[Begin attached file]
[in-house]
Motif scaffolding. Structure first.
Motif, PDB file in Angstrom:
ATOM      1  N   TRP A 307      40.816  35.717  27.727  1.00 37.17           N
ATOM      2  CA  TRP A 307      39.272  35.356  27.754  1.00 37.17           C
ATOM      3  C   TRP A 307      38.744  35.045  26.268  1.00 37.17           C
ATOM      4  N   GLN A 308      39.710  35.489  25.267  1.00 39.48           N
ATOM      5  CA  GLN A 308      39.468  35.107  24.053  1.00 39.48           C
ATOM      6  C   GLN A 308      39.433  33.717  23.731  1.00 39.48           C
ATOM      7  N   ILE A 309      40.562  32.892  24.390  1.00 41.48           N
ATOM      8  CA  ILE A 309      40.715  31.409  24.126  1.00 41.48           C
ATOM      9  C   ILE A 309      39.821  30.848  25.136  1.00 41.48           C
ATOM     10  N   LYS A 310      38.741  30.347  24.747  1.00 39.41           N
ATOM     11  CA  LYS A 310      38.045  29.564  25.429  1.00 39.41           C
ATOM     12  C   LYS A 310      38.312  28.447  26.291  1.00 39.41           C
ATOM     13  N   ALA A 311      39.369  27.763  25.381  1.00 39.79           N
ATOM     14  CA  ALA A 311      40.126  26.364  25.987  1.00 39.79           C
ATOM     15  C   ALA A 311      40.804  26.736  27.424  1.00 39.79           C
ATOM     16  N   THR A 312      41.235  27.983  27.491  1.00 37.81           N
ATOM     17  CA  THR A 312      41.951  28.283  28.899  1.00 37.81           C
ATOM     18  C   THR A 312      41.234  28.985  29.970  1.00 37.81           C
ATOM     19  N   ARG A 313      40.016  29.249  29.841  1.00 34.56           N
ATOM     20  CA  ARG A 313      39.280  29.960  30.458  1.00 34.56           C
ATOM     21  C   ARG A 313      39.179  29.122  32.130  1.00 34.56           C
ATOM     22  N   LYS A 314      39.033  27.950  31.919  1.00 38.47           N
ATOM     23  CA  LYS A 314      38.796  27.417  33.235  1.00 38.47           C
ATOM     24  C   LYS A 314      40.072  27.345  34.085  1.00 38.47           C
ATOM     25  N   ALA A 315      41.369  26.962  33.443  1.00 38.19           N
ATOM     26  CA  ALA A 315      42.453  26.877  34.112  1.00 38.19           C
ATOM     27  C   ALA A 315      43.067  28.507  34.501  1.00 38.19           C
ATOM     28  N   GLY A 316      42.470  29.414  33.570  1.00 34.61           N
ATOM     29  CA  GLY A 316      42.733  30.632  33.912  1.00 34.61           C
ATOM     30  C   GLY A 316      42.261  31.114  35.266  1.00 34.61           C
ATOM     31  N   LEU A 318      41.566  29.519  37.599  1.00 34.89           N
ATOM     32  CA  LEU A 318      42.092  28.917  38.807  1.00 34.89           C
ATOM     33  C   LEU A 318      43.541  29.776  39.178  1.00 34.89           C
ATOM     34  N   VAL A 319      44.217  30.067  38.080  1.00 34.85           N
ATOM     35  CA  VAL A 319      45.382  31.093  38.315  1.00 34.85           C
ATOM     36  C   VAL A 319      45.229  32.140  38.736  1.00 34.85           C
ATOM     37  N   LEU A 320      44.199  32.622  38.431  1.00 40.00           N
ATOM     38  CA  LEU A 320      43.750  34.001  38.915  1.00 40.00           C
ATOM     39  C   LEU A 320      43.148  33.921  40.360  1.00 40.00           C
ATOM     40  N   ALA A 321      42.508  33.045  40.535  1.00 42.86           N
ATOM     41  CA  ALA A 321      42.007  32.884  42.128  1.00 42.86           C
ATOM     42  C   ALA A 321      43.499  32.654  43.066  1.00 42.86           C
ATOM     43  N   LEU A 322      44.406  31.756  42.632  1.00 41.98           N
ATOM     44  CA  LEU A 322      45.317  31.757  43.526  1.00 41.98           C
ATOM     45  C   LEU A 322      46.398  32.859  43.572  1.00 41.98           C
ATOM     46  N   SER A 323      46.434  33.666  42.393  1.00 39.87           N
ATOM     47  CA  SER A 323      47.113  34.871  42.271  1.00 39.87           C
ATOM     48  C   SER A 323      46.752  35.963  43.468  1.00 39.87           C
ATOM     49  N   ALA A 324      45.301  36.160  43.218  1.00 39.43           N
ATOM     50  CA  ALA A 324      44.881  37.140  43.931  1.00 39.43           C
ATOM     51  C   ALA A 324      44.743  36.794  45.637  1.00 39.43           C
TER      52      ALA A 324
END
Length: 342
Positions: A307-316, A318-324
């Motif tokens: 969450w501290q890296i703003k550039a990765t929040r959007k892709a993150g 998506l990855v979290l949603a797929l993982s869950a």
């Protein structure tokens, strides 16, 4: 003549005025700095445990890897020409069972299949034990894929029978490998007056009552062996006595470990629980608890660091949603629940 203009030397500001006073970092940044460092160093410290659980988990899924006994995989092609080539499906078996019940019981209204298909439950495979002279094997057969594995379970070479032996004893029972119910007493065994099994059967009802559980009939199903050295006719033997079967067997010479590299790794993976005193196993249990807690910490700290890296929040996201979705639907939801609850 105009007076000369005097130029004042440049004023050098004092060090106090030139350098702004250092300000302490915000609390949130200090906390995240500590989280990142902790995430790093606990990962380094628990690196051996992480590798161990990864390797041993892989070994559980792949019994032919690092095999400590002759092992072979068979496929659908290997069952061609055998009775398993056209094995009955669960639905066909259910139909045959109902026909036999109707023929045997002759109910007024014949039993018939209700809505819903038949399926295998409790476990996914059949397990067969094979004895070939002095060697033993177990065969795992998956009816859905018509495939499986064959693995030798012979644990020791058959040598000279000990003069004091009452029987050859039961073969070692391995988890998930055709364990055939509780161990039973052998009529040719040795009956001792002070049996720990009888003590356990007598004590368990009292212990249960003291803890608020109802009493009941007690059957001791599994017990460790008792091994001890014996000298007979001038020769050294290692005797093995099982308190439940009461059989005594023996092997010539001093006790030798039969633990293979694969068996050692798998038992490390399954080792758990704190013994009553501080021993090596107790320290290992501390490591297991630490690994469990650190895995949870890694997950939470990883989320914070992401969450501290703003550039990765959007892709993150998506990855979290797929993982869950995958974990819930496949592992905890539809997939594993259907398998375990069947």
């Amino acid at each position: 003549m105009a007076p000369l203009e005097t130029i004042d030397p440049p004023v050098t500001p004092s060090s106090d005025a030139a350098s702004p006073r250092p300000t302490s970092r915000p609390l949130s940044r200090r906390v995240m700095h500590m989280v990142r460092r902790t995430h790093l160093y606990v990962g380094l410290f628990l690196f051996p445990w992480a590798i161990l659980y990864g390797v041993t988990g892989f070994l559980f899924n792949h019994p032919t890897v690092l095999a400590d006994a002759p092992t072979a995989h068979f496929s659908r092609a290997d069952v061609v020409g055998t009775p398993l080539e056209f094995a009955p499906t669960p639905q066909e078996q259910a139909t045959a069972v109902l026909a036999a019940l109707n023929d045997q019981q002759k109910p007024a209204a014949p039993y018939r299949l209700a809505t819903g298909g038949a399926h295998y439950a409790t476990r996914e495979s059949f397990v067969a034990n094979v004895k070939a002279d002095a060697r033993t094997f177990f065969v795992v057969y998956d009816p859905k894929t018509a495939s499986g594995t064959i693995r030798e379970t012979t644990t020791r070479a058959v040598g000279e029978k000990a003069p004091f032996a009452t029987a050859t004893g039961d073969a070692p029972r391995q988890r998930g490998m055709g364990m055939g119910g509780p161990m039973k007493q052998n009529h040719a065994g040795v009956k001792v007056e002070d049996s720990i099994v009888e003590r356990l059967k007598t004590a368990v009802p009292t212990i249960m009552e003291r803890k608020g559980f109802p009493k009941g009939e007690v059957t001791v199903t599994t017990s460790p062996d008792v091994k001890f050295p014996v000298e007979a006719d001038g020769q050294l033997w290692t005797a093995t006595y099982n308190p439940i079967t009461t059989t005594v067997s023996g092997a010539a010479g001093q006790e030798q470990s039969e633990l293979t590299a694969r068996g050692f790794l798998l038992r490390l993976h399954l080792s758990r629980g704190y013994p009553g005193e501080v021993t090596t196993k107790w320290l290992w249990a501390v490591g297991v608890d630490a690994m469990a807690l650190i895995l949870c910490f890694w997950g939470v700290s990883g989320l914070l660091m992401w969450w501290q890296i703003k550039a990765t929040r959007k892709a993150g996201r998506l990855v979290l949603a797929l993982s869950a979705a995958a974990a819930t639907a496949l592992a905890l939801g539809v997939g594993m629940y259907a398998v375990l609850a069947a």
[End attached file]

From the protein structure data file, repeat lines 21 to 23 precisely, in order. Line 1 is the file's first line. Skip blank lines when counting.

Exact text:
ATOM     18  C   THR A 312      41.234  28.985  29.970  1.00 37.81           C
ATOM     19  N   ARG A 313      40.016  29.249  29.841  1.00 34.56           N
ATOM     20  CA  ARG A 313      39.280  29.960  30.458  1.00 34.56           C